by Michael Ketterhagen
I urge you therefore, brothers, by the mercies of God, to offer your bodies as a living sacrifice, holy and pleasing to God, your spiritual worship. 2 Do not conform yourselves to this age but be transformed by the renewal of your mind, that you may discern what is the will of God, what is good and pleasing and perfect.
--Paul of Tarsus, Letter to Romans 12:1-2
Let me remember that we are all children of God and that each person is an individual, just as I am. And let me refrain from harming anyone through my thoughts, words, or action, no matter how different from me they seem.
--Pandit Rajmani Tigunait, Why We Fight
There is a lot of violence in today’s world and now political candidates are not only blaming other political candidates, but the United States’ history of racism, colonialism and classism and, even, Covid-19 for that violence. The true source of the violence is our mental expectations. These expectations become venomous violence from people’s mouths. These expectations are taught to us by our various cultures and pour out of us from deep within our mental constructs. We speak them out without even thinking because they have become part of our social structure, part of the way we operate in society. They now have unconscious roots.
Those unconscious social structures, which continue to fuel today’s violence, have become our mental expectations. We expect people to act in certain ways. We expect respect and our dignity cries out for honor. We believe that people must honor our safety and security. In some people’s minds (namely those who have felt violated regularly because of their race or sex or beliefs or need for control and power), those social structures threaten or violate people’s freedom.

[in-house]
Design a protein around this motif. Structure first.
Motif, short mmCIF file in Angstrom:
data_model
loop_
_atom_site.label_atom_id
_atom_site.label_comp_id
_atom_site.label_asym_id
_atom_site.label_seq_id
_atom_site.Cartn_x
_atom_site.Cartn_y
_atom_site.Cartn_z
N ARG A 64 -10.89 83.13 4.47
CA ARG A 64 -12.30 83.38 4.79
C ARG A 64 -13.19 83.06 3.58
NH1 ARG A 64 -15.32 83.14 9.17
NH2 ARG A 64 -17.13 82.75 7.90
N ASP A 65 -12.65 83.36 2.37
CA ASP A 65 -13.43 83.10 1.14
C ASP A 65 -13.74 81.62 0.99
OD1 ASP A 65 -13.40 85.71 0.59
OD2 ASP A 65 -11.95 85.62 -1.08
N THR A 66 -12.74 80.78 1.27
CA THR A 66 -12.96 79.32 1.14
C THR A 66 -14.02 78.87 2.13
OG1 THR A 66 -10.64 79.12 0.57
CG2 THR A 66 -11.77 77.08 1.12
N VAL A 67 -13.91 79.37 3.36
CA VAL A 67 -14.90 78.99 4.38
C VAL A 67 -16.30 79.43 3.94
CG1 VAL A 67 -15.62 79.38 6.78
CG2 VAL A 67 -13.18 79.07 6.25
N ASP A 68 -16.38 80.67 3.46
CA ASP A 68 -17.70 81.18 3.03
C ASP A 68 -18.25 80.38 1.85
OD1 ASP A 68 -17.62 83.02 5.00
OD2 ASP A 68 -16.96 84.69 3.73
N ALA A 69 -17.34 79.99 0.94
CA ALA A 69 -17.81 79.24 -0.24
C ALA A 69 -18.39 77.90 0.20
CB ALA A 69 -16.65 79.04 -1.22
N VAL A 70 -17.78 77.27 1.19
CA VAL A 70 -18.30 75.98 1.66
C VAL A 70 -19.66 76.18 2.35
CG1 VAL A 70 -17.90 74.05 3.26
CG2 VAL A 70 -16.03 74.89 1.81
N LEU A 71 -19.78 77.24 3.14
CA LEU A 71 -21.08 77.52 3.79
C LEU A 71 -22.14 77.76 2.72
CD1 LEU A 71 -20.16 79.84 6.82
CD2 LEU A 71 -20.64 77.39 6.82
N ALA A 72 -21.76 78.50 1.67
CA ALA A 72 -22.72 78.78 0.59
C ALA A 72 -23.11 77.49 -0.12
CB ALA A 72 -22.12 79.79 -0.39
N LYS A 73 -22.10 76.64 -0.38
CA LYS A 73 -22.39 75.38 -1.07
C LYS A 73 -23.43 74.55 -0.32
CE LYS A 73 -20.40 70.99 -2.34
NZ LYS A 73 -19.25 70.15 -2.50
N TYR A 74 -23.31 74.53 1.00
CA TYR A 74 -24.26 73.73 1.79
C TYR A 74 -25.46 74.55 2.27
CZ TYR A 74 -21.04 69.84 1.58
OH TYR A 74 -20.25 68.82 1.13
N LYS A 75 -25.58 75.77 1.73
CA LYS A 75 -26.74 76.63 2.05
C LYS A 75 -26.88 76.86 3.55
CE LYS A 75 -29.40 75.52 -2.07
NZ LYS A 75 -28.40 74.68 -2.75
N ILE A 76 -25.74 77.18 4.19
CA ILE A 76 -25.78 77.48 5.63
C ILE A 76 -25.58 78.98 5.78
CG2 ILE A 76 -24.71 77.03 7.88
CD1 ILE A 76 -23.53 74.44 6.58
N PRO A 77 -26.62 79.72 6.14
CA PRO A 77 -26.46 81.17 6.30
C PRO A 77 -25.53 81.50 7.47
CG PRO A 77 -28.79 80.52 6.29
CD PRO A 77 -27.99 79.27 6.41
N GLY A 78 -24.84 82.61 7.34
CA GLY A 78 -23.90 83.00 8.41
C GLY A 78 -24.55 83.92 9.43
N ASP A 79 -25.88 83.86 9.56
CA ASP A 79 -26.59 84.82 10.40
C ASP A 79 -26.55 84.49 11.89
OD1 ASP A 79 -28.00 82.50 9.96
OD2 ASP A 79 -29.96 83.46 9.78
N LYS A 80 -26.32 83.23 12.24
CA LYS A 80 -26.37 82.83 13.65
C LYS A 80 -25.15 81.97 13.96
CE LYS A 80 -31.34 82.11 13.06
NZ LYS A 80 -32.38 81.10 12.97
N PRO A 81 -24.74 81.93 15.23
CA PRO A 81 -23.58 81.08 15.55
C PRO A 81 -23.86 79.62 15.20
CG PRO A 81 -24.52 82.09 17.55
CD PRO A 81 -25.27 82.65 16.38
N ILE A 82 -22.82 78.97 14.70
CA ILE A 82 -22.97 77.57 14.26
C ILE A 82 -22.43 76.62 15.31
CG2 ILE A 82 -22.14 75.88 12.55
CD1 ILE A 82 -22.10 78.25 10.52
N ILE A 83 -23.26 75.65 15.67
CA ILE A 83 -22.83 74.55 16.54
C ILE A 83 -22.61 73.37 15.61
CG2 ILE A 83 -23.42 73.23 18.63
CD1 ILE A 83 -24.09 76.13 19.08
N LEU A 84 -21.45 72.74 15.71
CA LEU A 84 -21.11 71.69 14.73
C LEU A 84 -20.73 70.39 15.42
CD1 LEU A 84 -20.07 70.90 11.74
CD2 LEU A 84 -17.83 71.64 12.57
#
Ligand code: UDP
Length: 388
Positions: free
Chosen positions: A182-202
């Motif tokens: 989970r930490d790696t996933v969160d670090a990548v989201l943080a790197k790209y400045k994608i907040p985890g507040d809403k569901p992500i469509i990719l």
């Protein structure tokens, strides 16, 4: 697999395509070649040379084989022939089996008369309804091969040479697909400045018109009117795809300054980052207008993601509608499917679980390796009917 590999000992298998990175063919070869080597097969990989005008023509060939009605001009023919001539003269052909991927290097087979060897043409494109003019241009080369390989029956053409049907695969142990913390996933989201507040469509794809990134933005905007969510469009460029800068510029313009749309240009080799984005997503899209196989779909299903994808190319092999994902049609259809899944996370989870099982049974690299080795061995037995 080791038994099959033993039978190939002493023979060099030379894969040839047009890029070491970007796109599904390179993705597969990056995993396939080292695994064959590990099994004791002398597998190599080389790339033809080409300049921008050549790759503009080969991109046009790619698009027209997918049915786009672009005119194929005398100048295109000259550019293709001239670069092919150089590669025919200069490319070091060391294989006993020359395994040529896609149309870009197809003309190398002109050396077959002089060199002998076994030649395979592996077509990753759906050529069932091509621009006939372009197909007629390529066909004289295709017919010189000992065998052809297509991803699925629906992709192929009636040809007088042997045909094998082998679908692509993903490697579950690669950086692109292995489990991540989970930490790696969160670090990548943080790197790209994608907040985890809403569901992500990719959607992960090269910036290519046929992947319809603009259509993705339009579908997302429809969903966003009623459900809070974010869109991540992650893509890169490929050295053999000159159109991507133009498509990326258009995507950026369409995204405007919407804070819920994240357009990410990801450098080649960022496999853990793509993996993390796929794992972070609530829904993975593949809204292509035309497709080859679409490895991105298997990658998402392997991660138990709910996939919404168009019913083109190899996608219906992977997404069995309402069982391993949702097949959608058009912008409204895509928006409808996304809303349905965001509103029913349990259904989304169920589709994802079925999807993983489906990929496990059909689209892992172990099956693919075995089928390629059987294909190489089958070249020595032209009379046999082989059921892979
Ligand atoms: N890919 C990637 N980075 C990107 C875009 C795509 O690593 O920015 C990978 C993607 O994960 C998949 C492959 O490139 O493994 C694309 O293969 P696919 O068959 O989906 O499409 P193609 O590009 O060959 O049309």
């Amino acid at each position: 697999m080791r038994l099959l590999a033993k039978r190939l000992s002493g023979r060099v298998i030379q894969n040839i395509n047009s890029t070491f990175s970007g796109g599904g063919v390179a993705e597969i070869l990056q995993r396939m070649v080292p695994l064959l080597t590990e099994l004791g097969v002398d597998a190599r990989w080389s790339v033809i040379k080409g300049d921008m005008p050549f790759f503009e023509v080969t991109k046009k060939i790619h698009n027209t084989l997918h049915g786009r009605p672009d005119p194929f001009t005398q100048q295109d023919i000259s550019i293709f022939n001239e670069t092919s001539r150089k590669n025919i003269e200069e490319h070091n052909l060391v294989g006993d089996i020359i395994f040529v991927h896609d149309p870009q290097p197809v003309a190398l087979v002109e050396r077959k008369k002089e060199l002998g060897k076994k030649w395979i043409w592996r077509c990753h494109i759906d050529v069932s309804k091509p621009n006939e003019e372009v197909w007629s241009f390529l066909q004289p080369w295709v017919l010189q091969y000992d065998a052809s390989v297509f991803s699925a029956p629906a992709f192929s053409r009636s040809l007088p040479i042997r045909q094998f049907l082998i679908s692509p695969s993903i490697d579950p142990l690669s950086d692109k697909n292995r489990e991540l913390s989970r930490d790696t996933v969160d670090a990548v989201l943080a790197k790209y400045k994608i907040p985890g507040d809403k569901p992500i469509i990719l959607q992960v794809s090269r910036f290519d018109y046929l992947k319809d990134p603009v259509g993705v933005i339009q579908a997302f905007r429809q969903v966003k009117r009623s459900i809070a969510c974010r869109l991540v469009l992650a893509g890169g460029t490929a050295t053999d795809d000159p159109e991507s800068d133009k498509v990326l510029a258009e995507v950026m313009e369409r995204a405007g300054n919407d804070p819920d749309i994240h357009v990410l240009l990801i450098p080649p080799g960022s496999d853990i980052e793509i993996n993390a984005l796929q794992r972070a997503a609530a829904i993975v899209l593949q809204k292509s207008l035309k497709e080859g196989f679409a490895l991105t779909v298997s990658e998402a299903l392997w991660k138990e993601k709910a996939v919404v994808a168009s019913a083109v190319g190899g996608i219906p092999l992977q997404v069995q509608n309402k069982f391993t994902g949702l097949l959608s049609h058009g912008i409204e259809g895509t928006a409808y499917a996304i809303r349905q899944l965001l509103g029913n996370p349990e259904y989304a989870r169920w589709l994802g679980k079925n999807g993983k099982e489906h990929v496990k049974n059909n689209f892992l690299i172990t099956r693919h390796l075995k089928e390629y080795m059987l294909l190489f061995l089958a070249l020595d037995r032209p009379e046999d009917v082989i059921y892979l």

Although many people, especially U.S. citizens, believe that our inherent right to freedom is violated by these social rules and regulations, often those rules and regulations are necessary for large numbers of people to live together happily. They do curtail our human desire to act completely for our own interest without concern for others. Being responsible for the consequences of our own actions is often not considered. This desire to act as one wishes is not freedom. It is license and, in our culture, license is what people truly seem to want.
It is our thinking that we should be totally free to do what we want, when we want that needs transforming. The desire for total license is the way of this age. It is the way of the untrained child. It will only destroy us as a human race unless we transform. Look at how damaging it is when people are allowed to say anything that they want. When they tweet or text or yell out any angry epithet, they disturb the peace and serenity that people want. We expect people to control their tongues and when they don’t we then get disturbed.
How can we control our actions?
How can we bring peace and love to the world?
It is done when we transform our mind into the mind of doing God’s will, namely, “what is good, and pleasing and perfect” by “refrain[ing] from harming anyone through my thoughts.”
How do we transform our minds?
I believe that our culture is moving from adolescent childhood into adulthood.
Yoga is one of the ways that we can move into adulthood for yoga teaches us how to transform our minds to the mind of God. It is through our faithful effort of meditating daily.
I believe that people are moving from adolescent childhood into adulthood, especially when they take seriously the spiritual dimensions of the yoga they do.